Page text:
.
2019
;
31
(
6
):
732
-
738
.
3.
Stark
Z
,
Tan
TY
,
Chong
B
, et al
;
Melbourne Genomics Health Alliance
.
A prospective evaluation of whole-exome sequencing as a first-tier molecular test in infants with suspected monogenic disorders
.
Genet Med
.
2016
;
18
(
11
):
1090
-
1096
.
4.
Tang
C
,
Rabbolini
DJ
,
Morel-Kopp
MC
, et al
.
The clinical heterogeneity of RUNX1 associated familial platelet disorder with predisposition to myeloid malignancy – a case series and review of the literature
.
Res Pract Thromb Haemost
.
2019
;
4
(
1
):
106
-
110
.
5.
Blaauwgeers
MW
,
Kruip
MJHA
,
Beckers
EAM
, et al
.
Bleeding phenotype and diagnostic characterization of patients with congenital platelet defects [published online ahead of print 19 June 2020]
.
Am J Hematol
.
doi:10.1002/ajh.25910. doi:10.1002/ajh.25910
6.
Arnold
DM
,
Nazy
I
,
Clare
R
, et al
.
Misdiagnosis of primary immune thrombocytopenia and frequency of bleeding: lessons from the McMaster ITP Registry
.
Blood Adv
.
2017
;
1
(
25
):
2414
-
2420
.
7.
Iqbal
I
,
Farhan
S
,
Ahmed
N
.
Glanzmann thrombasthenia: a clinicopathological profile
.
J Coll Physicians Surg Pak
.
2016
;
26
(
8
):
647
-
650
.
8.
Speicher
MR
,
Carter
NP
.
The new cytogenetics: blurring the boundaries with molecular biology
.
Nat Rev Genet
.
2005
;
6
(
10
):
782
-
792
.
9.
Ansorge
WJ
.
Next-generation DNA sequencing techniques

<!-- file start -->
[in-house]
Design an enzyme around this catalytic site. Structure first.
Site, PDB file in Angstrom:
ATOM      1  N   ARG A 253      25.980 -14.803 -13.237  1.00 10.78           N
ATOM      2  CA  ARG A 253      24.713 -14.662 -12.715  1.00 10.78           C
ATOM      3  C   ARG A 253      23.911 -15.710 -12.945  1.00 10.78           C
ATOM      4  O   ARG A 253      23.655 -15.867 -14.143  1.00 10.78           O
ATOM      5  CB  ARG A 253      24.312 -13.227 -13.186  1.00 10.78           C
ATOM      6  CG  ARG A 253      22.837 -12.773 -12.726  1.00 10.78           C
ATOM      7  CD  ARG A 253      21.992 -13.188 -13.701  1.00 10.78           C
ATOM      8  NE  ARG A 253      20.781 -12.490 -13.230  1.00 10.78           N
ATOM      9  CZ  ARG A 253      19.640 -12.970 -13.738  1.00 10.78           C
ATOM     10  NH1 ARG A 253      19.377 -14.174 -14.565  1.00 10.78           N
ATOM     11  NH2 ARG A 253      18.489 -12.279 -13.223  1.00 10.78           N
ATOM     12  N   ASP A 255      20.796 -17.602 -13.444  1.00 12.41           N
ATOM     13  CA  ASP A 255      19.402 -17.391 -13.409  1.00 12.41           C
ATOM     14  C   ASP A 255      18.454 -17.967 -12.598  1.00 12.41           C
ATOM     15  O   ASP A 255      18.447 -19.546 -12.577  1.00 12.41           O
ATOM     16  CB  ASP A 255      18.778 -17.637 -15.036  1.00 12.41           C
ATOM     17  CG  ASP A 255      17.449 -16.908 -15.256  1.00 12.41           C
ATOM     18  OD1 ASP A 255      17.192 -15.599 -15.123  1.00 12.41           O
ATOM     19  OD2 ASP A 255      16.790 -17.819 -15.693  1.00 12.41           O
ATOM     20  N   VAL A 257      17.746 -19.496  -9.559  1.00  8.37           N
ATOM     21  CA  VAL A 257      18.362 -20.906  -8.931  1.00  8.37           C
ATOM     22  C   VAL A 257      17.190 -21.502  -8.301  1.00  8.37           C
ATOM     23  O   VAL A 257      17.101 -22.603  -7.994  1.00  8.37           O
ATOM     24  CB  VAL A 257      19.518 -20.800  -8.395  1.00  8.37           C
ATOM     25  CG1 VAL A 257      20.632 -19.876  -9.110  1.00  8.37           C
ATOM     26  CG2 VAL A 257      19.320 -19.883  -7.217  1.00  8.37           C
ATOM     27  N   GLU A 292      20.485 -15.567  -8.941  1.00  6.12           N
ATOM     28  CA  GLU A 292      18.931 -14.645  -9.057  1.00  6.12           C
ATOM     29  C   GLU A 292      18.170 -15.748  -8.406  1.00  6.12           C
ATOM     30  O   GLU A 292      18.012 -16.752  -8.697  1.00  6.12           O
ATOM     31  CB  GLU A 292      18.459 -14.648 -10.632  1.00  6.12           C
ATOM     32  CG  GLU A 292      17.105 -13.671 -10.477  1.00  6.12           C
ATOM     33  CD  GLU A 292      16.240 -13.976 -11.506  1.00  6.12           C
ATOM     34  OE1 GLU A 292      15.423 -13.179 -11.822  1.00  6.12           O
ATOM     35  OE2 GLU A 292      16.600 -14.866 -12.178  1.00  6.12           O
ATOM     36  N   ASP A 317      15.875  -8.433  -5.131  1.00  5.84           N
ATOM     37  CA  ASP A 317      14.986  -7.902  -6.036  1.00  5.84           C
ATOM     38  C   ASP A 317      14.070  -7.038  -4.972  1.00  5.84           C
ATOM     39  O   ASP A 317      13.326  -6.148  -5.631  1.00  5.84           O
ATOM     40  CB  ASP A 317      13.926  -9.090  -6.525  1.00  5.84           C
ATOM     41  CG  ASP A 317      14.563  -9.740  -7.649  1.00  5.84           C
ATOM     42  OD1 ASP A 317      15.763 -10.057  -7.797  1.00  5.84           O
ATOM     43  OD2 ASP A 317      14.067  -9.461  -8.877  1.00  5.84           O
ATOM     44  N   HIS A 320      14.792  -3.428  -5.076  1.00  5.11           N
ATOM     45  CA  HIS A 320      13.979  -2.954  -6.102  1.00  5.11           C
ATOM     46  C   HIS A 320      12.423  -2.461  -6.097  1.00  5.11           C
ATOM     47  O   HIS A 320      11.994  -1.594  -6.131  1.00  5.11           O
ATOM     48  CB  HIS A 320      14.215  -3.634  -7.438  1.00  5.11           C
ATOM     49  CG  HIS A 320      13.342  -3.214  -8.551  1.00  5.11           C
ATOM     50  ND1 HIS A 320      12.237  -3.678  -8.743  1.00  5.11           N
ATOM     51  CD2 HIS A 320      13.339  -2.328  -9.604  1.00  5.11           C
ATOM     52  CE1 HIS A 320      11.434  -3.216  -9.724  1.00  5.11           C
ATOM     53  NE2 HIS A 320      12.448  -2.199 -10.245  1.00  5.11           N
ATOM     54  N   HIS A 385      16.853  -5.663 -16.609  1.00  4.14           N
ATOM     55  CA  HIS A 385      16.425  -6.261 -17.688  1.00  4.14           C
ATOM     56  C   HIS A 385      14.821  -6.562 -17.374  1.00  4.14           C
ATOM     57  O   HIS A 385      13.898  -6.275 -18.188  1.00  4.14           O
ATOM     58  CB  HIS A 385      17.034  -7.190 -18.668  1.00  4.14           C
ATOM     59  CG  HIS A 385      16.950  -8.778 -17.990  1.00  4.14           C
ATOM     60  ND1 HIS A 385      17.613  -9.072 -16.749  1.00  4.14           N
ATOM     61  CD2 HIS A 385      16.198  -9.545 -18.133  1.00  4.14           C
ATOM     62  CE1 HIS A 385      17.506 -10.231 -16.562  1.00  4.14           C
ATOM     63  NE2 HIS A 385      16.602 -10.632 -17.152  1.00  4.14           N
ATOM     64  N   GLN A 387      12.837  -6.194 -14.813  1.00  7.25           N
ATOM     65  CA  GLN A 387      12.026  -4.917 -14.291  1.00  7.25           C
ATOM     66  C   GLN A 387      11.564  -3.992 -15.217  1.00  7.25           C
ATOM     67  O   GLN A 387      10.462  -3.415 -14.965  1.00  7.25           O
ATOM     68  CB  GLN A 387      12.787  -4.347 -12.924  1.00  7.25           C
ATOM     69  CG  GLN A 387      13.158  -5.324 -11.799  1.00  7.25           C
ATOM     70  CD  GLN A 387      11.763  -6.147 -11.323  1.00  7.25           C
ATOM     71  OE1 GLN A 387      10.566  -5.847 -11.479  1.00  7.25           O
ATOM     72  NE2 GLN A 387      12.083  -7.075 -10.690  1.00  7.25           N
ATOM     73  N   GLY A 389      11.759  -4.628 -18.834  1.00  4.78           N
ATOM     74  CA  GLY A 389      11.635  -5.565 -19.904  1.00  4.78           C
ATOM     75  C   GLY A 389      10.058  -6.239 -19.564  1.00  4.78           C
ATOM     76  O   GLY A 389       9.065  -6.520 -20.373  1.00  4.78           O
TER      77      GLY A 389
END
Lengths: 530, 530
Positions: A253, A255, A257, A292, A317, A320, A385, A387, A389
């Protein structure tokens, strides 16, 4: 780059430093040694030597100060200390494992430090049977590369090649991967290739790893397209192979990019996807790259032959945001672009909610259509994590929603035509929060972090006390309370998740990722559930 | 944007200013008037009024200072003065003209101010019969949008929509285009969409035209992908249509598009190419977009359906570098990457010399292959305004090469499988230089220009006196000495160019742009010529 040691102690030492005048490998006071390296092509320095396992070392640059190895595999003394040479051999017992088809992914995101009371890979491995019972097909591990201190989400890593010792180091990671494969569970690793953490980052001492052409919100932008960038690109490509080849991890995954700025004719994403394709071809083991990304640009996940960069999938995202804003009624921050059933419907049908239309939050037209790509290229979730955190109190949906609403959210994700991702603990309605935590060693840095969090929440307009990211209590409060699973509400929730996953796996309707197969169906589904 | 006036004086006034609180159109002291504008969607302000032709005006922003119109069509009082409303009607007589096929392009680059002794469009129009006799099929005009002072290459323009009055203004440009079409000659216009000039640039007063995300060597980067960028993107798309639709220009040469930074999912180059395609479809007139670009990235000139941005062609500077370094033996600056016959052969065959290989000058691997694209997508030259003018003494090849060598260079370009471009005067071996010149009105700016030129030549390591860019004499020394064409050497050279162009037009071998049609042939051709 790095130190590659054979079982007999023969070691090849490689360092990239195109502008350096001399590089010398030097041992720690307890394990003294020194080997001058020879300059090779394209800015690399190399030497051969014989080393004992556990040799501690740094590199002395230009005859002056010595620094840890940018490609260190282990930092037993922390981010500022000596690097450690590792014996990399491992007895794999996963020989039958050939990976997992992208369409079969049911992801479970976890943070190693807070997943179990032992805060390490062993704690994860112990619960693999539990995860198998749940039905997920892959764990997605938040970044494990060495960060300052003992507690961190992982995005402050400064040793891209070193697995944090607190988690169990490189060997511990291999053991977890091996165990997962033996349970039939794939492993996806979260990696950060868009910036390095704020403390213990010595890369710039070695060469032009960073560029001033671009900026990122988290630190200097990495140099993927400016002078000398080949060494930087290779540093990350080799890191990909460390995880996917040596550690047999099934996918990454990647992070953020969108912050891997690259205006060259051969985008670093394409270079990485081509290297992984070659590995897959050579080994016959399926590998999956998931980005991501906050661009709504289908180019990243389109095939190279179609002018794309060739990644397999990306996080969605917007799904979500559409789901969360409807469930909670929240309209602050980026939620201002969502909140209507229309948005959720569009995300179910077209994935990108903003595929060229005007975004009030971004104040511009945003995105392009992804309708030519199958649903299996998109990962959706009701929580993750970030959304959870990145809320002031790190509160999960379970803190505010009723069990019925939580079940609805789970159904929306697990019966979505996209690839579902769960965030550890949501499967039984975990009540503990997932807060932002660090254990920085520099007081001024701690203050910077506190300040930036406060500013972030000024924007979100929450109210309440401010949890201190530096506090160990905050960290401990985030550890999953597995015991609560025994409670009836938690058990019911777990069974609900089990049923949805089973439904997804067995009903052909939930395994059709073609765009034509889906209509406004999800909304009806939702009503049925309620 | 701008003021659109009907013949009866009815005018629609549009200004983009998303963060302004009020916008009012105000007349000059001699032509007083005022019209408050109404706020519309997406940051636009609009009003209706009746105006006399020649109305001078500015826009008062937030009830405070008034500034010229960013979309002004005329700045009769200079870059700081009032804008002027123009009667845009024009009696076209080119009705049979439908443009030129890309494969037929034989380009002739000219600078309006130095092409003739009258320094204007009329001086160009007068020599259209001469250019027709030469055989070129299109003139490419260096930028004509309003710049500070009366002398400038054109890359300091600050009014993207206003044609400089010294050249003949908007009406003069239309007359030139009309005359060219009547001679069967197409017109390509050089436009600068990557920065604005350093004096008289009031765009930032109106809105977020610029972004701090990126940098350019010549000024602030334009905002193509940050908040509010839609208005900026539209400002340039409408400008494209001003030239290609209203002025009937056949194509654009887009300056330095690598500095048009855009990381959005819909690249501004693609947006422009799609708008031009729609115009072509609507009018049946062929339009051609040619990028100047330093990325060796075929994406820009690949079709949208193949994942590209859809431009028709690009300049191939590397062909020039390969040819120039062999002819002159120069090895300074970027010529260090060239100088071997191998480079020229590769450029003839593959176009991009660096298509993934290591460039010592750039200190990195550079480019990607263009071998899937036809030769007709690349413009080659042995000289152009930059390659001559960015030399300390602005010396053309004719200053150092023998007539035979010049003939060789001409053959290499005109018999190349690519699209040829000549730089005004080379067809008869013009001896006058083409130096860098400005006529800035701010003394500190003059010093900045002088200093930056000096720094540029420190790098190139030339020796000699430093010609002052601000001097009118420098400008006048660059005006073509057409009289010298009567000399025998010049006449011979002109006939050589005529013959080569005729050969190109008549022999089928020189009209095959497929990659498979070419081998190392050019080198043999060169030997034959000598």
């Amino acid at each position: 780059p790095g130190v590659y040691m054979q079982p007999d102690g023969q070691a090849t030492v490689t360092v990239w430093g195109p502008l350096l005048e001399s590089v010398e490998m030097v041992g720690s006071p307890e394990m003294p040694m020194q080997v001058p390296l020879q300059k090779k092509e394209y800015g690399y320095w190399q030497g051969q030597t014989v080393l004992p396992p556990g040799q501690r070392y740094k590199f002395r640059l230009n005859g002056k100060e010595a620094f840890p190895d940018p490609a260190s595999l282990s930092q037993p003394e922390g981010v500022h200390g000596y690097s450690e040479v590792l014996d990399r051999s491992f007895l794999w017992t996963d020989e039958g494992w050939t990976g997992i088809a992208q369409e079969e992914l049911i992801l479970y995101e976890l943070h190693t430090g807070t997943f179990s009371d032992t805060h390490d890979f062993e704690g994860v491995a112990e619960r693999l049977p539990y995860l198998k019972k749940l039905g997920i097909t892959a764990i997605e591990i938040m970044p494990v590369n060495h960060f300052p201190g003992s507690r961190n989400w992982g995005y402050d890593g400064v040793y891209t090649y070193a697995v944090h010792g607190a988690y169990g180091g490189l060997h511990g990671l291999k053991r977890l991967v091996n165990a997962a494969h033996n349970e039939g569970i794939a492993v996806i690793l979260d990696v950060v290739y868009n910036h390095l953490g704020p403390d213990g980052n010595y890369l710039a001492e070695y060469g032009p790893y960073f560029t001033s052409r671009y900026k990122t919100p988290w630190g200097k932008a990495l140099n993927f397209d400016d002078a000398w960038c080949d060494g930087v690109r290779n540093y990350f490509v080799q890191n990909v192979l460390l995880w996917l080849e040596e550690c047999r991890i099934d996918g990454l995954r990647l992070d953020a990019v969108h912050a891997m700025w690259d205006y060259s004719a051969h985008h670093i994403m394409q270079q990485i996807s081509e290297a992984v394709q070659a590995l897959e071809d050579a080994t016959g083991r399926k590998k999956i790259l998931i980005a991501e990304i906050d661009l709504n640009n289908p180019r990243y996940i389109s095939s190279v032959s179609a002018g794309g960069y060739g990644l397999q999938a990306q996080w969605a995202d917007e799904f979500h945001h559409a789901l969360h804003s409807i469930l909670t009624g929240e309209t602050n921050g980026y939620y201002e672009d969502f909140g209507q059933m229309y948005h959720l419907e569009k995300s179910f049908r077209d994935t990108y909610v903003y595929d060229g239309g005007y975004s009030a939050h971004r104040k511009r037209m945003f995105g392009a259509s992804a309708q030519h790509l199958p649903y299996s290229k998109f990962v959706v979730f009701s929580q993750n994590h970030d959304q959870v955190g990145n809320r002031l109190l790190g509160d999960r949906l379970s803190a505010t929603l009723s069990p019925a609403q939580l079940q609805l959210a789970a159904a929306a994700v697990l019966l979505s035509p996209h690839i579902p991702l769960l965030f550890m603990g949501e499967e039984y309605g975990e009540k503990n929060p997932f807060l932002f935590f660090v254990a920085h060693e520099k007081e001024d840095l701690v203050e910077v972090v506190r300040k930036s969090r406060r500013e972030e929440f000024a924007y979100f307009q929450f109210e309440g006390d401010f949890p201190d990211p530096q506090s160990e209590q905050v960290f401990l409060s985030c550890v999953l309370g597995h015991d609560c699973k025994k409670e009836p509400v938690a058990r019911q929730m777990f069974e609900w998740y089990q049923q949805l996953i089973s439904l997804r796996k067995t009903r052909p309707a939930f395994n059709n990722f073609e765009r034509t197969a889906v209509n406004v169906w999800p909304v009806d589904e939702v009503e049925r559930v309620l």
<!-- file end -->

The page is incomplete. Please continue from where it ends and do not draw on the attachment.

.
N Biotechnol
.
2009
;
25
(
4
):
195
-
203
.
10.
Moorthie
S
,
Mattocks
CJ
,
Wright
CF
.
Review of massively parallel DNA sequencing technologies
.
Hugo J
.
2011
;
5
(
1-4
):
1
-
12
.
11.
Simeoni
I
,
Stephens
JC
,
Hu
F
, et al
.
A high-throughput sequencing test for diagnosing inherited bleeding, thrombotic, and platelet disorders
.
Blood
.
2016
;
127
(
23
):
2791
-
2803
.
12.
Romasko
EJ
,
Devkota
B
,
Biswas
S
, et al
.
Utility and limitations of exome sequencing in the molecular diagnosis of pediatric inherited platelet disorders
.
Am J Hematol
.
2018
;
93
(
1
):
8
-
16
.
13.
Manukjan
G
,
Bösing
H
,
Schmugge
M
,
Strauß
G
,
Schulze
H
.
Impact of genetic variants on haematopoiesis in patients with thrombocytopenia absent radii (TAR) syndrome
.
Br J Haematol
.
2017
;
179
(
4
):
606
-
617
.
14.
Blavignac
J
,
Bunimov
N
,
Rivard
GE
,
Hayward
CP
.
Quebec platelet disorder: update on pathogenesis, diagnosis, and treatment
.
Semin Thromb Hemost
.
2011
;
37
(
6
):
713
-
720
.
15.
Yen
JL
,
Garcia
S
,
Montana
A
, et al
.
A variant by any name: quantifying annotation discordance across tools and clinical databases
.
Genome Med
.
2017
;
9
(
1
):
7
.
16.
Landrum
MJ
,
Kattman
BL
.
ClinVar at five years: delivering on the promise
.
Hum Mutat
.
2018
;
39
(
11
):
1623
-
1630
.
17.
Sun
Y
,
Ruivenkamp
CA
,
Hoffer
MJ
, et al
.
Next-generation diagnostics: gene panel, exome, or whole genome?
Hum Mutat
.
2015
;
36
(
6
):
648
-
655
.
18.
Jamal
L
,
Schupmann
W
,
Berkman
BE
.
An ethical framework for genetic counseling in the genomic era [published online ahead of print 19 Dec 2019]
.
J Genet Couns
.
doi:10.1002/jgc4.1207
.
19.
VanNoy
GE
,
Genetti
CA
,
McGuire
AL
,
Green
RC
,
Beggs
AH
,
Holm
IA
;
BabySeq Project Group
.
Challenging the current recommendations for carrier testing in children
.
Pediatrics
.
2019
;
143
(
suppl 1
):
S27
-
S32
.
20.
Brothers
KB
,
East
KM
,
Kelley
WV
, et al
.
Eliciting preferences on secondary findings: the Preferences Instrument for Genomic Secondary Results
.
Genet Med
.
2017
;
19
(
3
):
337
-
344
.
21.
Kalia
SS
,
Adelman
K
,
Bale
SJ
, et al
.
Recommendations for reporting of secondary findings in clinical exome and genome sequencing, 2016 update (ACMG SF v2.0): a policy statement of the American College of Medical Genetics and Genomics [published correction appears in Genet Med. 2017;19(4):484]
.